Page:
The Artelia witnesses said this related simply to the missed meeting and the file was only incomplete because the project had not finished.
Culture of bullying
On Monday, the inquiry heard from John Allen, head of building control at RBKC, who denied there was a “culture of bullying” in the department. You can read our report of that day’s evidence here.
Next week, the inquiry will hear the first witnesses from the TMO.
The head of building control at the Royal Borough of Kensington and Chelsea (RBKC), John Allen, has denied accusations of a “culture of bullying” in his department at the time of the Grenfell Tower refurbishment, the inquiry has heard.
The consultant who advised Kensington and Chelsea Tenant Management Organisation (KCTMO) on the Grenfell Tower refurbishment was “strong-armed” into removing criticism of the organisation from a report, the inquiry into the fire heard yesterday.
The company which managed Grenfell Tower decided not to appoint a design advisor who could have checked the proposals for the deadly cladding system in order to save money on its consultancy fees, the inquiry into the fire heard today.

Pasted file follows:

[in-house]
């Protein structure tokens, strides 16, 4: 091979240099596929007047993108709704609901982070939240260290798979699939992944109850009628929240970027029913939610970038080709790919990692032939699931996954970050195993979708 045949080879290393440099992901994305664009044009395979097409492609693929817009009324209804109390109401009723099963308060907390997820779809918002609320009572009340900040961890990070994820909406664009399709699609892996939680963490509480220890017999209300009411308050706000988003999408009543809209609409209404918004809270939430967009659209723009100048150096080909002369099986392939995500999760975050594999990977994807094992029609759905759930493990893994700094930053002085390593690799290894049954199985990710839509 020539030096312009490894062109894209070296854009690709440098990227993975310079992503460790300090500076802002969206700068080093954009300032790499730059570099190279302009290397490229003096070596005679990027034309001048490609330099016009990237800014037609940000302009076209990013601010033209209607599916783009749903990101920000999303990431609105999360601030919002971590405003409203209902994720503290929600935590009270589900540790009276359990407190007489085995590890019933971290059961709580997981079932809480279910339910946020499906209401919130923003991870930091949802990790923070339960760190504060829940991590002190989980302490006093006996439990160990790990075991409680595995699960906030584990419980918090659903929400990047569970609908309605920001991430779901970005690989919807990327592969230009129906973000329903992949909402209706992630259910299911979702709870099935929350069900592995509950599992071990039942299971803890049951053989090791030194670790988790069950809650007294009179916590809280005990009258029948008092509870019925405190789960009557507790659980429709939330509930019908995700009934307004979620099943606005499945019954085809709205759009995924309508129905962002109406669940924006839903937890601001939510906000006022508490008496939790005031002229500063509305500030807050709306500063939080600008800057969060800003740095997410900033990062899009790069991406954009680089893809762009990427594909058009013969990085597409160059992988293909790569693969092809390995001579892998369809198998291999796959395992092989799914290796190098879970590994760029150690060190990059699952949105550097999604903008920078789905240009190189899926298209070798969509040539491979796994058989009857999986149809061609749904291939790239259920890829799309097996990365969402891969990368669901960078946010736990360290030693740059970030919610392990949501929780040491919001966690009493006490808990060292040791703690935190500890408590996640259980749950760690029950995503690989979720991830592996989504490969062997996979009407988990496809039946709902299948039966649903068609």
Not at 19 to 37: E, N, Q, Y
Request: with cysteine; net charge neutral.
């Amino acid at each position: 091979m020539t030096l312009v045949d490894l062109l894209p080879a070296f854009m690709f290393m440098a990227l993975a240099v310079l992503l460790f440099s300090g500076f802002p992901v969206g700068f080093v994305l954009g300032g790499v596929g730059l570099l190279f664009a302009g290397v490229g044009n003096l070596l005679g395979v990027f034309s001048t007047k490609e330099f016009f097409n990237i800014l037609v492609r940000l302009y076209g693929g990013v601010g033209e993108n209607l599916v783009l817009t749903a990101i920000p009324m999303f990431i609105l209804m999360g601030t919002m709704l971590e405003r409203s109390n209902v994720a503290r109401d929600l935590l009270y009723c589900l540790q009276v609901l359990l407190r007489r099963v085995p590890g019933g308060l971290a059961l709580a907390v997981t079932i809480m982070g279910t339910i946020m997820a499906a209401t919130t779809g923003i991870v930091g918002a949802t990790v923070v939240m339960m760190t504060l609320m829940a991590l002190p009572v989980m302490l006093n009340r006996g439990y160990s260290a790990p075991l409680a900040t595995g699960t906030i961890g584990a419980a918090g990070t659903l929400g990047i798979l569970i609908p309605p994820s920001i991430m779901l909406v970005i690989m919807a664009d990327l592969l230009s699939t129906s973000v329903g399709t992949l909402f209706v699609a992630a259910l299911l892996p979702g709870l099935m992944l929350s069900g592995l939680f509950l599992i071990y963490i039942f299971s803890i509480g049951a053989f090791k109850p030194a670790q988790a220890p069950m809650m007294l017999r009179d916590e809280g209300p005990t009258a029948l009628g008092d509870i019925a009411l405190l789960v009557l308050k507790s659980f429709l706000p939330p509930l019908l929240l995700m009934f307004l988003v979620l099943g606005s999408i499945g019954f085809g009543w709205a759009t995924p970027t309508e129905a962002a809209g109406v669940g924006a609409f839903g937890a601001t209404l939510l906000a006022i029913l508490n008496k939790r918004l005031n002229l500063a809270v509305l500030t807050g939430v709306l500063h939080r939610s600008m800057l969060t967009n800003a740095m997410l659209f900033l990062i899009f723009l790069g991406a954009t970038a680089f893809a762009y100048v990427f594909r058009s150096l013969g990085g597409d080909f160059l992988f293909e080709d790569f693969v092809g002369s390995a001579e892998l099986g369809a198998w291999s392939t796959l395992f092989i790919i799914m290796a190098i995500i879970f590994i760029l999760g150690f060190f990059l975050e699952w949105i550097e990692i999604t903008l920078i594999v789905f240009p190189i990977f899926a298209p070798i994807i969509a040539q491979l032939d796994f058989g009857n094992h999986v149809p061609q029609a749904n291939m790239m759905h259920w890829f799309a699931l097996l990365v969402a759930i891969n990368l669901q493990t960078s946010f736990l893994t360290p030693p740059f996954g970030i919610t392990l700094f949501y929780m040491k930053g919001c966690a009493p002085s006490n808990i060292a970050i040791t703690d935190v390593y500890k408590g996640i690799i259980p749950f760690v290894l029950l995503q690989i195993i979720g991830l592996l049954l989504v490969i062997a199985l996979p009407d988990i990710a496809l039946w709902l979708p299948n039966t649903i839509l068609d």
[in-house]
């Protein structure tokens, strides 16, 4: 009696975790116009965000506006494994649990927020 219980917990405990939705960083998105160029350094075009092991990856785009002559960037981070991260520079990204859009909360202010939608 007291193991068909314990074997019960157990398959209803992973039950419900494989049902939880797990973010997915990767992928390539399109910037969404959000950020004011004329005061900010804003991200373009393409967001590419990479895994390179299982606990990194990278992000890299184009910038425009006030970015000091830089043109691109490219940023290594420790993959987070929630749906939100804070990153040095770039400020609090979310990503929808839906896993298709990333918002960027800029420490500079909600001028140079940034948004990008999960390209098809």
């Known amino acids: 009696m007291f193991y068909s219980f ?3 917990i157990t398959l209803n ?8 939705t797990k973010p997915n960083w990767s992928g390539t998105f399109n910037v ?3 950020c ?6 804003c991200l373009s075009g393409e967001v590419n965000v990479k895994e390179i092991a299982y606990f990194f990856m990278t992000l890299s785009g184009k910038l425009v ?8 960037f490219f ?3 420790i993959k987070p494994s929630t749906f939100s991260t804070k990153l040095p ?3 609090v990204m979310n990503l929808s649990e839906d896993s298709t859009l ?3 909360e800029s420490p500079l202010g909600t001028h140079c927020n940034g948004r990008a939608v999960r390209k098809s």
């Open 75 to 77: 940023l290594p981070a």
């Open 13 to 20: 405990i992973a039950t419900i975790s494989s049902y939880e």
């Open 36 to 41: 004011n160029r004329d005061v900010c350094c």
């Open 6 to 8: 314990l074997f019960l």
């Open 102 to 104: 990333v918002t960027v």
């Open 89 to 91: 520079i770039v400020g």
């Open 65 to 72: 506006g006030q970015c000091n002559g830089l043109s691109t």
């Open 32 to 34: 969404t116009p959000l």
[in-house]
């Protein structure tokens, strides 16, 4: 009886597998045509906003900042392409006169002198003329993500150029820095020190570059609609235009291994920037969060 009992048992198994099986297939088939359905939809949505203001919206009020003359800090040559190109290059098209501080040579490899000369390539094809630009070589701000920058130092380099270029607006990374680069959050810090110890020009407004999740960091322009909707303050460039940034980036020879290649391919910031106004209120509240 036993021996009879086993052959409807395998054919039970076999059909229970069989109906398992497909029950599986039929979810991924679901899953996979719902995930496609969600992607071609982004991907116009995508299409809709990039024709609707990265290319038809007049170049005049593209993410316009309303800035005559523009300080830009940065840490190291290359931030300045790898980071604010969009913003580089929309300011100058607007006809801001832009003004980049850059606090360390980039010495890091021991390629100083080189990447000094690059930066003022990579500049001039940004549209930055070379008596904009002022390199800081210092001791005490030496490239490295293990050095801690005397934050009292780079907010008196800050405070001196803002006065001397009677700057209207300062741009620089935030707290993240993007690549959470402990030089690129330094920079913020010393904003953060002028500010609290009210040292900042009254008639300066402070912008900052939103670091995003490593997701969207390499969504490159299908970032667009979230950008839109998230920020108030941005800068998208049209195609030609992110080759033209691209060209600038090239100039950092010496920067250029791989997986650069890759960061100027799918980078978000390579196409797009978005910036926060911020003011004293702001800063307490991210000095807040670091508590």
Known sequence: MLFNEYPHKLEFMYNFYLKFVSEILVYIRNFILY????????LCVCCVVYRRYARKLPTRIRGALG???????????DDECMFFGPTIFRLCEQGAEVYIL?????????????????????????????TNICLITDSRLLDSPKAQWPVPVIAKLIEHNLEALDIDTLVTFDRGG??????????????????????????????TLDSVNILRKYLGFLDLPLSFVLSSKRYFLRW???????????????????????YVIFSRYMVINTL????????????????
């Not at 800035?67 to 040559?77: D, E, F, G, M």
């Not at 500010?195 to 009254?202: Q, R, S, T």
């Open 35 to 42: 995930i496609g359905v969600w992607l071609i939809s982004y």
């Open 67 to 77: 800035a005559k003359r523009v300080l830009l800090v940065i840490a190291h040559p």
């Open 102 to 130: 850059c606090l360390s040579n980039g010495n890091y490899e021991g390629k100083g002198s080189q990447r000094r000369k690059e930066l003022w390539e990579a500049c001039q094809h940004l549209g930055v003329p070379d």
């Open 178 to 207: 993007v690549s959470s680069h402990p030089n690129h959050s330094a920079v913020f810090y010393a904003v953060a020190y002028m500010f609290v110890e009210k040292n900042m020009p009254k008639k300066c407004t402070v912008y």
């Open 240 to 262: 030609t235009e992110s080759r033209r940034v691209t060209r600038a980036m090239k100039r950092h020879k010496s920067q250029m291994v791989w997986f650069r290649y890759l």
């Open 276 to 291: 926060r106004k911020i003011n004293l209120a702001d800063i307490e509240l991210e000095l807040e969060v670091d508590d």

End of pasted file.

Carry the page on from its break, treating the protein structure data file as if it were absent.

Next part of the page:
Week one: A vivid picture of a broken industry
After a week of damning revelations at the opening of phase two of the Grenfell Tower Inquiry, Peter Apps recaps the key points
Week two: What is the significance of the immunity application?
Sir Martin Moore-Bick has written to the attorney general requesting protection for those set to give evidence at the Grenfell Tower Inquiry. Peter Apps explains what the move means
Week three: Architects of misfortune
This week saw the lead architects for the Grenfell Tower refurbishment give evidence to the inquiry. Peter Apps runs through the key points
Week four: ‘I didn’t have any perception that it was the monster it’s become’
The architects continued to give evidence this week, outlining a lack of understanding of the fire risk posed by the cladding materials and its design. Nathaniel Barker reports
Week five: ‘No adverse effect in relation to external fire spread’
As the Grenfell Tower Inquiry returns from its long absence, Peter Apps recaps the key points from a week of important evidence from the fire consultants to the refurbishment
Week six: ‘I can’t recall any instance where I discussed the materials with building control’
Nathaniel Barker summarises what we learned from fire engineers Exova, architects Studio E and the early evidence from contractor Rydon